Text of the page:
A piece full of self-annihilation, mental illness, and heartbreaks from the 23-year-old South Londoner. Rarely has frustration sounded so...

The Return of King Krule: The OOZ

Download King Krule - The OOZ (2017)
A piece full of self-annihilation, mental illness, and heartbreaks from the 23-year-old South Londoner. Rarely has frustration sounded so heavenly.









The musical diversity of Archy Marshall’s different aliases has been a prominent sign of his creative process. Carrying us through from his birth-name to DJ JD Sports, Zoo Kid, Edgar the Breathtaker and, obviously, his most popular sobriquet; King Krule, he has managed to create a body of work that spans a variety of genres, but still blurs the lines between them with a profound vigilance.

The highly anticipated follow-up to 6 Feet Beneath the Moon has finally hit the shelves and the digital market and manifests the evolution in his musical sound. You will find yourself in a pool of punk rock, trip hop, boozy jazz, and darkwave; an eccentric fusion that will take your ears on a journey.

The OOZ grazes over various elements that Marshall has dug up through his roster of aliases, only now with a purity of vision and a clearer path. The new record is certainly Marshall’s most emotional as of yet, with lyrics of him wrestling with self-loathing and angst from the outcome of heartaches and mental instability.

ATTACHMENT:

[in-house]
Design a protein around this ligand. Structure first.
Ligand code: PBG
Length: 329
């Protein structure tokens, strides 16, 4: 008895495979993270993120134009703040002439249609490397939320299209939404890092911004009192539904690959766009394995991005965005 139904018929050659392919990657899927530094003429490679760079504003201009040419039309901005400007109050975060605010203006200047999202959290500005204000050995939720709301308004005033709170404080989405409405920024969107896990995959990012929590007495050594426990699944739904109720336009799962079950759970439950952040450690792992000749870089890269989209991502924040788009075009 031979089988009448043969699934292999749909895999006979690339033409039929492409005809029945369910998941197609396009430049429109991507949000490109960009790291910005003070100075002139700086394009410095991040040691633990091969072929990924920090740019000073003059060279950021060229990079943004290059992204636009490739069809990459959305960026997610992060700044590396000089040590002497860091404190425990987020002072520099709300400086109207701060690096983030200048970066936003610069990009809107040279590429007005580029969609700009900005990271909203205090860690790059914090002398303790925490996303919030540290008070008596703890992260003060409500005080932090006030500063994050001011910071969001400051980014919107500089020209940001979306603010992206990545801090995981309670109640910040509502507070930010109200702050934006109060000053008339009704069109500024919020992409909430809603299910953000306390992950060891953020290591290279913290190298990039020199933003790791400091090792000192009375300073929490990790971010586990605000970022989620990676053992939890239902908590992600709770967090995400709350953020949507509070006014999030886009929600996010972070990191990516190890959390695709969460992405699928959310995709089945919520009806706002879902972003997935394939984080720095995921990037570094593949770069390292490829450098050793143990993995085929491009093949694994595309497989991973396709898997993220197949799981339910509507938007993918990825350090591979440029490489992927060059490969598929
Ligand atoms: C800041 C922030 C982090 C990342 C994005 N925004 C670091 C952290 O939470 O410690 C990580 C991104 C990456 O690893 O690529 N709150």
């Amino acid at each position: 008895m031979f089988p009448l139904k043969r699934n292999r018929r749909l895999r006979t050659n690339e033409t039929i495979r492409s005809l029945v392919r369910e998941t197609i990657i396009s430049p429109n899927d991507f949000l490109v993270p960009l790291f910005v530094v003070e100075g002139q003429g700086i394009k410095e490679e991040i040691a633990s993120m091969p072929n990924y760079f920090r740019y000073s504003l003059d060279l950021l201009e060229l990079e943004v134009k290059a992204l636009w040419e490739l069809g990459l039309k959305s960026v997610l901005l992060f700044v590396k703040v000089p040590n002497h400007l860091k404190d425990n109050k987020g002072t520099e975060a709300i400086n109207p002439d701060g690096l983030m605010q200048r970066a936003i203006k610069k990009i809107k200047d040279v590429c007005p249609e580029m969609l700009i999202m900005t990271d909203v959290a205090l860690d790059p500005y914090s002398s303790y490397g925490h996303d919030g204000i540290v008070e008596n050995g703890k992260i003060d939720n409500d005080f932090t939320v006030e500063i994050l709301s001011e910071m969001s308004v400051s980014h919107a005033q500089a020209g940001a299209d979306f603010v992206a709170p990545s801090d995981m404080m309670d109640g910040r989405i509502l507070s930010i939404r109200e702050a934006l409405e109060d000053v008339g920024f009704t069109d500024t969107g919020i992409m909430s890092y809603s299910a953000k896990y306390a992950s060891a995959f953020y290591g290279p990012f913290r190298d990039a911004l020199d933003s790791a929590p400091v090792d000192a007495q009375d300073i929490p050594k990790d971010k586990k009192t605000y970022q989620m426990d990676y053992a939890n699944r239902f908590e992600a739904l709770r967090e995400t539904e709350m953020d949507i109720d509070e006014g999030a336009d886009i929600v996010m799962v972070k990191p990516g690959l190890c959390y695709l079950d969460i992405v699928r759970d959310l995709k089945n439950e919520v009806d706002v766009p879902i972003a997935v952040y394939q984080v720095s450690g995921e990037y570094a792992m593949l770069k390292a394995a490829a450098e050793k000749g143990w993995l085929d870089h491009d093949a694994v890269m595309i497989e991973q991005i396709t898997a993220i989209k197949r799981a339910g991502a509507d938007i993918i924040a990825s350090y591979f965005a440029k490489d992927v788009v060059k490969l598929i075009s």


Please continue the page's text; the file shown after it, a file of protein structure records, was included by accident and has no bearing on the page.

From start to finish, his gritty vocals and distorted instrumentals mixed with sodden synths and dreamlike sax display one of Krule’s most prominent assets; creating an atmosphere to be lost in.

Kicking off the album, ‘Biscuit Town’ is an astounding way of retrograding us back to Archy Marshall’s A New Place 2 Drown, released in late 2015, with traces of nineties hip-hop - a pattern you can find in most of his work. While ‘Dum Surfer’, ‘Emergency Blimp’ and ‘Vidual’ continue to hold on to the dreary post-punk roots, a fragment of what King Krule’s debut was like.


The newly released record is bound to be the soundtrack to those numerous gloomy nights and make you wander through the dark half-dreamy moments. Whether it will make you at ease and find serenity is not the aim here; not at any point does Marshall himself seem to find what he’s been searching for, as he slowly mutters in ‘Cadet Limbo’ halfway through the album (Had it really been this long? / Since I got lost in space?).

The OOZ creates an alluring sphere for us to float through the many mediums of King Krule; it’s more than just a work of art. No wonder his upcoming UK tour next month is completely sold out - join the waiting list via. DICE and SeeTickets, he’s one to not miss.

Stream the album on Spotify right here:



Written by Annika Singh

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